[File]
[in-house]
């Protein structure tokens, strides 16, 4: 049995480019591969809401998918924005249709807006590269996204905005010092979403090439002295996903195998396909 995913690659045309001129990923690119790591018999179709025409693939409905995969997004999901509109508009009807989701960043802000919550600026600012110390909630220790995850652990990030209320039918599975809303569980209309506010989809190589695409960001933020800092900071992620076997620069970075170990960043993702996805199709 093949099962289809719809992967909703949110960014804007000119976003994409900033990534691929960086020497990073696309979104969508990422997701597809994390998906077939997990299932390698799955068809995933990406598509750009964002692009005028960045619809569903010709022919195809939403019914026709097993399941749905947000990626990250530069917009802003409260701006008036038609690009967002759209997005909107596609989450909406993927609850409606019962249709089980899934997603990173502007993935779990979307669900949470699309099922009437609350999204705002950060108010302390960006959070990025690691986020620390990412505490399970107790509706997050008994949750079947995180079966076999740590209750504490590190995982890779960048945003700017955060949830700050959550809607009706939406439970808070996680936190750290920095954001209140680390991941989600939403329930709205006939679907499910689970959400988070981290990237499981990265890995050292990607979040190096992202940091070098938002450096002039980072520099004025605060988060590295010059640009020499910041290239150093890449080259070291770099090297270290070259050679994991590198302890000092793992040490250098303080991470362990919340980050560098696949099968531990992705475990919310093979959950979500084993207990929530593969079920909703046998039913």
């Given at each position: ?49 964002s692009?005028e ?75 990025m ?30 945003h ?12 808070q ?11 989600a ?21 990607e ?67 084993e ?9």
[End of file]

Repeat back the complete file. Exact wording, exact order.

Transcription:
[in-house]
């Protein structure tokens, strides 16, 4: 049995480019591969809401998918924005249709807006590269996204905005010092979403090439002295996903195998396909 995913690659045309001129990923690119790591018999179709025409693939409905995969997004999901509109508009009807989701960043802000919550600026600012110390909630220790995850652990990030209320039918599975809303569980209309506010989809190589695409960001933020800092900071992620076997620069970075170990960043993702996805199709 093949099962289809719809992967909703949110960014804007000119976003994409900033990534691929960086020497990073696309979104969508990422997701597809994390998906077939997990299932390698799955068809995933990406598509750009964002692009005028960045619809569903010709022919195809939403019914026709097993399941749905947000990626990250530069917009802003409260701006008036038609690009967002759209997005909107596609989450909406993927609850409606019962249709089980899934997603990173502007993935779990979307669900949470699309099922009437609350999204705002950060108010302390960006959070990025690691986020620390990412505490399970107790509706997050008994949750079947995180079966076999740590209750504490590190995982890779960048945003700017955060949830700050959550809607009706939406439970808070996680936190750290920095954001209140680390991941989600939403329930709205006939679907499910689970959400988070981290990237499981990265890995050292990607979040190096992202940091070098938002450096002039980072520099004025605060988060590295010059640009020499910041290239150093890449080259070291770099090297270290070259050679994991590198302890000092793992040490250098303080991470362990919340980050560098696949099968531990992705475990919310093979959950979500084993207990929530593969079920909703046998039913």
């Given at each position: ?49 964002s692009?005028e ?75 990025m ?30 945003h ?12 808070q ?11 989600a ?21 990607e ?67 084993e ?9």